Consumers are becoming more protective over their personal data — one could argue that consumers’ increased awareness could be attributed to Netflix's release of The Social Dilemma in 2020, a docudrama film that exposes how brands and social platforms track consumer data.
Whatever it may be, it’s clear consumers care about data privacy and ownership — a recent study done by Cisco found that 86% of consumers care about data privacy and want more control over their data and 79% of consumers are willing to spend extra time and money to implement protective measures to protect their data.
Since data privacy and control are key to consumer experiences, brands and users have begun to enter web3 spaces because they offer data privacy, ownership, and control.
What is web3?
Before we discuss consumer privacy and control, you first need to understand the basics of web3 technology.
Web3 is a decentralized ecosystem built on blockchain technology — it’s the third generation of the internet. Web3 is characterized by ownership and giving users more control over their relationships with brands.
Within the realm of decentralization, everything is transparent — every web3 transaction is publicly posted to the blockchain, an open and public general ledger. All the data on the blockchain is immutable, meaning it can’t be tampered with or changed.
In order for users to interact in web3 spaces, they have to create a web3 wallet.
What is a web3 wallet?
Web3 wallets are simply accounts that hold web3 data — this data consists of digital assets, NFTs, tokens, cryptocurrency, etc. Each wallet (think of it being a hybrid between your Instagram profile and Apple Wallet) is tied to a blockchain address. The wallet address functions as a unique identifier or username — similar to a Twitter handle or Instagram username. Wallet addresses are a randomized string of numbers, normally about 42 characters long.
Wallet addresses are fully open and public, but also fully anonymous.
Before I lose you, let me explain it.
If someone searches your wallet address, everything in your wallet would be visible to that person — they would be able to see all of the web3 assets held in that wallet.
Here’s the kicker — based on the information tied to the wallet, there’s no way for users to identify that you own that wallet. The only way for people to know your wallet is yours is if you connect personal data to it, like submitting your email and wallet address in a web3 form, or if you create an ENS domain (which will be explained later).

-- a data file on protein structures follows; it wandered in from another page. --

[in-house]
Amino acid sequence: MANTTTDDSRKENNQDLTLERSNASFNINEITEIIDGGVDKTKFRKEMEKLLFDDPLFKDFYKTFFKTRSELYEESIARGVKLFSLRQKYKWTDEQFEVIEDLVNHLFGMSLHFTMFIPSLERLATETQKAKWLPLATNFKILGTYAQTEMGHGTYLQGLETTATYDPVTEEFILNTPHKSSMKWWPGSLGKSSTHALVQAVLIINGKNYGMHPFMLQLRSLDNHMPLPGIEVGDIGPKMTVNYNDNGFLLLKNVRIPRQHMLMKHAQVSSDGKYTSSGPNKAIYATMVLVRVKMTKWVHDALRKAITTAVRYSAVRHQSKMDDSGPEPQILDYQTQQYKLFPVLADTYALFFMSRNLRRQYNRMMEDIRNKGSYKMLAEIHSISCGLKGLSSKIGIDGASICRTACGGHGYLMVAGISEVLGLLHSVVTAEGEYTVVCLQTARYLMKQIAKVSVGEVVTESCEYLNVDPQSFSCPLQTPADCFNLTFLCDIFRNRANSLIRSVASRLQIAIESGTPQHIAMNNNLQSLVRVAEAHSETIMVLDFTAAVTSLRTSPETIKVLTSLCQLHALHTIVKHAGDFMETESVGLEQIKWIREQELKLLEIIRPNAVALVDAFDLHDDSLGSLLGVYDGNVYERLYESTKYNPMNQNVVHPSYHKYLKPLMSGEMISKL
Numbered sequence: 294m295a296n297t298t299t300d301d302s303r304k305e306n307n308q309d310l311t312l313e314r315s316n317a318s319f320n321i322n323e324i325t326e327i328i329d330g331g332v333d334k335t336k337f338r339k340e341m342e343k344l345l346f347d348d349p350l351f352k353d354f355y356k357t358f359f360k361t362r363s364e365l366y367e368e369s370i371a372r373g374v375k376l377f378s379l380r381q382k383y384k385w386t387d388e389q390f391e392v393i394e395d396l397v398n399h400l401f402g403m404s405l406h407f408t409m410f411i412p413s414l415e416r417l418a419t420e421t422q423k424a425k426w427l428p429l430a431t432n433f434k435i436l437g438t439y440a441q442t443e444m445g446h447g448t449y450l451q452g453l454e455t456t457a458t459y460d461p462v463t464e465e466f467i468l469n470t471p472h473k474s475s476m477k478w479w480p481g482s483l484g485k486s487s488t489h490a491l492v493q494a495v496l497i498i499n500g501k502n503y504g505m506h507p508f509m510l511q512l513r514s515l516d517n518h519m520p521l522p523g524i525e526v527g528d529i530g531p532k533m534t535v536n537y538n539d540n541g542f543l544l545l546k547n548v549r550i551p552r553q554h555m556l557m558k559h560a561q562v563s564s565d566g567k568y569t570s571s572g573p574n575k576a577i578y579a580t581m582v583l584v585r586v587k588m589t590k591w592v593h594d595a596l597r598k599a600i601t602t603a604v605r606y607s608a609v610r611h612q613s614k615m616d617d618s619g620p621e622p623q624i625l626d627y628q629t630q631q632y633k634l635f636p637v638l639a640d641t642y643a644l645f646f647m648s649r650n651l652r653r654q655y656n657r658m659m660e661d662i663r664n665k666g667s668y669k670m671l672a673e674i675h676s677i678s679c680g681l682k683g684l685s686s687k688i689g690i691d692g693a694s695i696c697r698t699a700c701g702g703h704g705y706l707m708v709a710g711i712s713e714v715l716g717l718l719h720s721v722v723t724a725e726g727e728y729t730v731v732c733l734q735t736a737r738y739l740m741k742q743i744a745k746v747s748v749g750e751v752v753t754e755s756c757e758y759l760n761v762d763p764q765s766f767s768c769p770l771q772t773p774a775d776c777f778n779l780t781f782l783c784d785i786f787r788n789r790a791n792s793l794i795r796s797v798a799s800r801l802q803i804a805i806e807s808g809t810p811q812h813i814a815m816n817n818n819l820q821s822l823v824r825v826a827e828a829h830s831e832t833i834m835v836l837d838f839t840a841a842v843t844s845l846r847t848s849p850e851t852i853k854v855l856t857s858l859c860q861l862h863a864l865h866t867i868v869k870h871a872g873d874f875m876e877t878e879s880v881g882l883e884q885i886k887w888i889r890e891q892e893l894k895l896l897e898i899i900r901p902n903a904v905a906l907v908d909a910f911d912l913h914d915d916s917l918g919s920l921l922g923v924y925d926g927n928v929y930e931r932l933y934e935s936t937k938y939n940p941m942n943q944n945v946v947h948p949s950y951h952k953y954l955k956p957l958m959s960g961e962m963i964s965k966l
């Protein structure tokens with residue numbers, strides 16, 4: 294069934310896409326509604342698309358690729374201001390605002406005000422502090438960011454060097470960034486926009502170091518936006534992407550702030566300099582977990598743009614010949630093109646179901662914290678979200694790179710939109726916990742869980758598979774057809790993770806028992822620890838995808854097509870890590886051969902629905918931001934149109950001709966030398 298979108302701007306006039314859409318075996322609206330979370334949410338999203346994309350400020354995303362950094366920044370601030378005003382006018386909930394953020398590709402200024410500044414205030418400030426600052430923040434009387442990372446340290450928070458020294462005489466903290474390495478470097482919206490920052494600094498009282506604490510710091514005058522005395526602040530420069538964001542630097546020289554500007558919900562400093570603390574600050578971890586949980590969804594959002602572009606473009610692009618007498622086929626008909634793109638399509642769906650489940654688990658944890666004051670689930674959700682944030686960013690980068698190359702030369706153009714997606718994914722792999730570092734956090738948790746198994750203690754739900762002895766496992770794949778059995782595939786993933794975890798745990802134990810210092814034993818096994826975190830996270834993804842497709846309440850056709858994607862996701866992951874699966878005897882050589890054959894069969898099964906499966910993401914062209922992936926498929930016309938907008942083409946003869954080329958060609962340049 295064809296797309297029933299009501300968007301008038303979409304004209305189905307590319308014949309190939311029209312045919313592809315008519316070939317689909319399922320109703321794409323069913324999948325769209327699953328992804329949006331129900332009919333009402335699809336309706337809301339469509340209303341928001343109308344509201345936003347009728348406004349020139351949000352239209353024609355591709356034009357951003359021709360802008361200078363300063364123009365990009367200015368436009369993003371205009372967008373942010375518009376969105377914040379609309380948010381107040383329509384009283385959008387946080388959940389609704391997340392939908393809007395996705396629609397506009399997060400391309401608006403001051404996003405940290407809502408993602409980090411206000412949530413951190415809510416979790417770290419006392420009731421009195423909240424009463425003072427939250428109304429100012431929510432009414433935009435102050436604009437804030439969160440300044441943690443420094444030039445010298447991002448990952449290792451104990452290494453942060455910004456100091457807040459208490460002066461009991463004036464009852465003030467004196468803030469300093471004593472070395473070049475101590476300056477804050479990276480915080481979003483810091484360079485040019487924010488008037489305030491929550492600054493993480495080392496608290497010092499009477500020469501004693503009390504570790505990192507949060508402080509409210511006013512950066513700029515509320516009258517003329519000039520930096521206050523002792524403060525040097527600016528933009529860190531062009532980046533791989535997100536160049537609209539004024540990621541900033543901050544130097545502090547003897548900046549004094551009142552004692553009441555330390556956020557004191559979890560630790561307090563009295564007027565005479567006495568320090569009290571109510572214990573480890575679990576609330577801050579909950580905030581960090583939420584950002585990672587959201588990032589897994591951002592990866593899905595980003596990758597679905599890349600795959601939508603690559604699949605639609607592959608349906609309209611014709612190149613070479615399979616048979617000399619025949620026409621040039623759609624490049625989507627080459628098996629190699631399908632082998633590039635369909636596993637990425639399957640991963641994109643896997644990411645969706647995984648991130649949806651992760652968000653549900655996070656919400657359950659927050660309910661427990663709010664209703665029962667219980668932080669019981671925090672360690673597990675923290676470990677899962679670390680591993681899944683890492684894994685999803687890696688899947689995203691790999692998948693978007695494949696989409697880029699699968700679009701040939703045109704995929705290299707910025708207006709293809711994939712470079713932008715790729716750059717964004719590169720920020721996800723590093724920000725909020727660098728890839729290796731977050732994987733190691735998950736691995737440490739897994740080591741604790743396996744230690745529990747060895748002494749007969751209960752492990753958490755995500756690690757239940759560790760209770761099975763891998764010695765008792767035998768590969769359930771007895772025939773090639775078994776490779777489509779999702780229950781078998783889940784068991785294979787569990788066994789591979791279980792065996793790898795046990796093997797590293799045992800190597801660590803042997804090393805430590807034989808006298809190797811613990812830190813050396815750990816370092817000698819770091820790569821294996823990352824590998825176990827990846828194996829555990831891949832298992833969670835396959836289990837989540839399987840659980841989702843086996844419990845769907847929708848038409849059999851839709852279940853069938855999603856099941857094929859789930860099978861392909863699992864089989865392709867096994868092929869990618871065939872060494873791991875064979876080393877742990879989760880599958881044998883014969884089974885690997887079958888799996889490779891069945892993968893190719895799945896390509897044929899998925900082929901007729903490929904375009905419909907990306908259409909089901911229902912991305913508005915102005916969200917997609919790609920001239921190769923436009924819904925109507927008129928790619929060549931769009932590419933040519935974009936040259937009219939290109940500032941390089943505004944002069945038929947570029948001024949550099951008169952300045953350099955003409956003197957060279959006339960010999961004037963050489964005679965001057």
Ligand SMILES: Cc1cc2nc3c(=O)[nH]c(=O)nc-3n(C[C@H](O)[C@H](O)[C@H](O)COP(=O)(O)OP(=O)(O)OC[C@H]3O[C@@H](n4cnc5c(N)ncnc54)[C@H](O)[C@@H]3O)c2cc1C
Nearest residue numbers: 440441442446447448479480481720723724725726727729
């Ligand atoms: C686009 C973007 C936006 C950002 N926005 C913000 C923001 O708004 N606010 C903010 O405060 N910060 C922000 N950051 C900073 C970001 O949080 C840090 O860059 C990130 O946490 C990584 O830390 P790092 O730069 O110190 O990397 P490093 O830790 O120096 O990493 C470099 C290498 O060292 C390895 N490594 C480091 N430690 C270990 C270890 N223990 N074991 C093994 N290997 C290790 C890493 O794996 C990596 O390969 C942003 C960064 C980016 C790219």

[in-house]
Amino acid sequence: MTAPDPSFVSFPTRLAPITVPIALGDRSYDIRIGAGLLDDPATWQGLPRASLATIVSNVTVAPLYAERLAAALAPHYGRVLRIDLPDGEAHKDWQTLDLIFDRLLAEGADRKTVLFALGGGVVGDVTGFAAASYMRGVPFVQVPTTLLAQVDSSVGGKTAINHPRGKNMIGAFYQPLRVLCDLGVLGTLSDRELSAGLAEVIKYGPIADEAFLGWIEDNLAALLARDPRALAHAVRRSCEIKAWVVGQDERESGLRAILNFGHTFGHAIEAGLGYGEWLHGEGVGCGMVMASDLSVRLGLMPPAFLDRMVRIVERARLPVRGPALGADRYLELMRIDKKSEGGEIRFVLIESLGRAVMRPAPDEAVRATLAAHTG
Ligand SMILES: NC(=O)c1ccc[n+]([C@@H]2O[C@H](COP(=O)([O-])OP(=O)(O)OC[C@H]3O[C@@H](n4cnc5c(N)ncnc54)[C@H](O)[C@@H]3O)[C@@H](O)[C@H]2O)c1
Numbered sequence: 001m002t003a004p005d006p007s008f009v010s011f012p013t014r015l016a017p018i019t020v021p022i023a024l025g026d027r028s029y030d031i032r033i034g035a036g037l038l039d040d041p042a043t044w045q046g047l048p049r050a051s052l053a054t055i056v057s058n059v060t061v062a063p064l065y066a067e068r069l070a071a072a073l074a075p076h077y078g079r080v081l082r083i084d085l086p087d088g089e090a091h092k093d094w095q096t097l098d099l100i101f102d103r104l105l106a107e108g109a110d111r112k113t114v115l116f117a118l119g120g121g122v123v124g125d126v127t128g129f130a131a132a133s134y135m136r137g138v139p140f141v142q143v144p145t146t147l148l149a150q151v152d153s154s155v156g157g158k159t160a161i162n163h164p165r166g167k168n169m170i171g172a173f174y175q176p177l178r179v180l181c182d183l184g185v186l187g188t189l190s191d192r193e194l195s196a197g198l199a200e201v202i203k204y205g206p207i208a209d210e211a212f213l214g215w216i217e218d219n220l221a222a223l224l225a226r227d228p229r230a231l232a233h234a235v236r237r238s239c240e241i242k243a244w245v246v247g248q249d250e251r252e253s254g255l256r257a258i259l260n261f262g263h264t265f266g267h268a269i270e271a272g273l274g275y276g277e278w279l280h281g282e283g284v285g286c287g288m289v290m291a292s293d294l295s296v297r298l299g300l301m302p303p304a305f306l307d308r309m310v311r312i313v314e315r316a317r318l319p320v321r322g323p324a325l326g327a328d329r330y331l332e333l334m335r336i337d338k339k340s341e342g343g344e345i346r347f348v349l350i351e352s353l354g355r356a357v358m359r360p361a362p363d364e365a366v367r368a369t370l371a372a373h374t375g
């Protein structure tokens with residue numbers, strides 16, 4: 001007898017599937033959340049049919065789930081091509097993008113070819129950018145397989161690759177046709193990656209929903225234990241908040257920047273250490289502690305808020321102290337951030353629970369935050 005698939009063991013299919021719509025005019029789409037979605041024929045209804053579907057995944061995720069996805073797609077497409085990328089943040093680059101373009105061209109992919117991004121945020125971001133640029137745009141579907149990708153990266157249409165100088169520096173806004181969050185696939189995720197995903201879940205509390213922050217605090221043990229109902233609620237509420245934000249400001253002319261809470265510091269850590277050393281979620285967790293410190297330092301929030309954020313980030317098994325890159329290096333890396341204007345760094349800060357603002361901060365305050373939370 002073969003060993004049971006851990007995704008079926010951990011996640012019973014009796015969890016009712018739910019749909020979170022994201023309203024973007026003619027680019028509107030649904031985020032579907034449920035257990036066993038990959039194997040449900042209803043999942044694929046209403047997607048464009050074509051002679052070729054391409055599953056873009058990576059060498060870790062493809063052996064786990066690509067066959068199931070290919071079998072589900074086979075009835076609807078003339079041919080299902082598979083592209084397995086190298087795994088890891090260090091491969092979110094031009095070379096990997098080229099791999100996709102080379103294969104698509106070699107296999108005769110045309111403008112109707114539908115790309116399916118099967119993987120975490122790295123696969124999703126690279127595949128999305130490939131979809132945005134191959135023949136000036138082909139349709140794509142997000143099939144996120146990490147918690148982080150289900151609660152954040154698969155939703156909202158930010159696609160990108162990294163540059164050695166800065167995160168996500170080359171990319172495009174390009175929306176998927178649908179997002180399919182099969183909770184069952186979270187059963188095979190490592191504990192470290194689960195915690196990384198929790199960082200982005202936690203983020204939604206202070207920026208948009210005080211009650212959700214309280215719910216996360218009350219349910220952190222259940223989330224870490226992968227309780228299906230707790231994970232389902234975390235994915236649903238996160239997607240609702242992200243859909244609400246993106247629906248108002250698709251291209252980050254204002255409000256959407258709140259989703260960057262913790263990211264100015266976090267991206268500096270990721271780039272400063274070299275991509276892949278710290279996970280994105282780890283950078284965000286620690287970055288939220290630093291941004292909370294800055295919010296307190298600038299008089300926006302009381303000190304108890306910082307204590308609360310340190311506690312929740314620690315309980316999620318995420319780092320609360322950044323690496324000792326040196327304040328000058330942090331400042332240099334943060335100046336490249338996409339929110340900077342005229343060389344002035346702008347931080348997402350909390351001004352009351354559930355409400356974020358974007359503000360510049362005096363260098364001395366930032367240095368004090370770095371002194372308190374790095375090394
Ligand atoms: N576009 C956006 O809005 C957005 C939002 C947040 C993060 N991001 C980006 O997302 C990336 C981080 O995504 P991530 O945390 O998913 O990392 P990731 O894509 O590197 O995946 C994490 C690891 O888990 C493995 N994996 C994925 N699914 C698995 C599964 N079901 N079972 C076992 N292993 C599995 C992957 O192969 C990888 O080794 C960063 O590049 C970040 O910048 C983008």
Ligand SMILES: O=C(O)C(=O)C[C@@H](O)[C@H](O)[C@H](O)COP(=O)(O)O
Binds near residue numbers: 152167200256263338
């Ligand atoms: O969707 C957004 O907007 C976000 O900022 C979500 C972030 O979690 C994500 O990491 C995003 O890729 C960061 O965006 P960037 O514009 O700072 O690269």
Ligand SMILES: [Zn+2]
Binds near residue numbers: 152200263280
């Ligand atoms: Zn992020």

How do web3 wallets lead to consumer privacy and control?
Wallet addresses empower you to have more control and privacy over your personal data. After setting up your web3 wallet, you can easily decide what information you want to share with each brand.
There are two specific ways users do this.
You can create different wallets for different purposes.
Web3 users can create various wallets to represent different identities or personalities.
If you love sports, cars, and managing your finances but want to keep it all separate — there’s a way to do that. You can create three different wallets to represent your different interests.
Before making any purchase of digital assets or trading NFTs, you have to connect or log into your wallet. By connecting your wallet, you are openly sharing your wallet information with that brand or user.
Creating separate wallets allows you to manage what data you want to share with other brands or users, like your web3 transaction history and more. For example, when you purchase an NFT from a brand, they have access to your wallet address and can see what is in your wallet. This information helps brands personalize your experience and tailor it to your preferences.
Your personal data is not public on-chain.
Your web3 data is open on the blockchain, but your personal data is not.
Wallets don’t contain any PII data (personally identifiable information) like your name, email, phone number, address, etc.
Because of this, you have more privacy and data protection as a consumer. Web3 brands cannot find your address to send you mail, your phone number to text you spam, or email to send you 1,000+ newsletters.
If you decide you want an identifier attached to your wallet address, such as your name, you can create an ENS domain.
What is an ENS domain?
An ENS domain is extremely similar to a web address domain — it stands for the Ethereum Name Service, a distributed domain name service built on Ethereum.
ENS domains take long 0x Ethereum addresses
(like 0x437316b9A71E183D4097409438C5F8A8F27c0F33) and turn them into human-readable names like ‘holderxyz.eth’.
Not only are ENS domains easier to remember than a 42-character address, but you also get to choose the unique identifier for your wallet.
Brands and users set up ENS domains for their public-facing accounts. If you want to be more identifiable in web3, setting up a branded ENS domain only takes a few minutes!
In the web3 ecosystem, both users and brands win.
Customers control where they connect their wallet information and brands can learn more about their customers. As a result, brands have more opportunities to create fair and customized web3 journeys for their customers.
Learn more about the evolution of consumer privacy and ownership.
Check out the video below or read, For the First Time, Consumers are in Control, to learn more about consumer privacy, ownership, and wallet personalities in web3!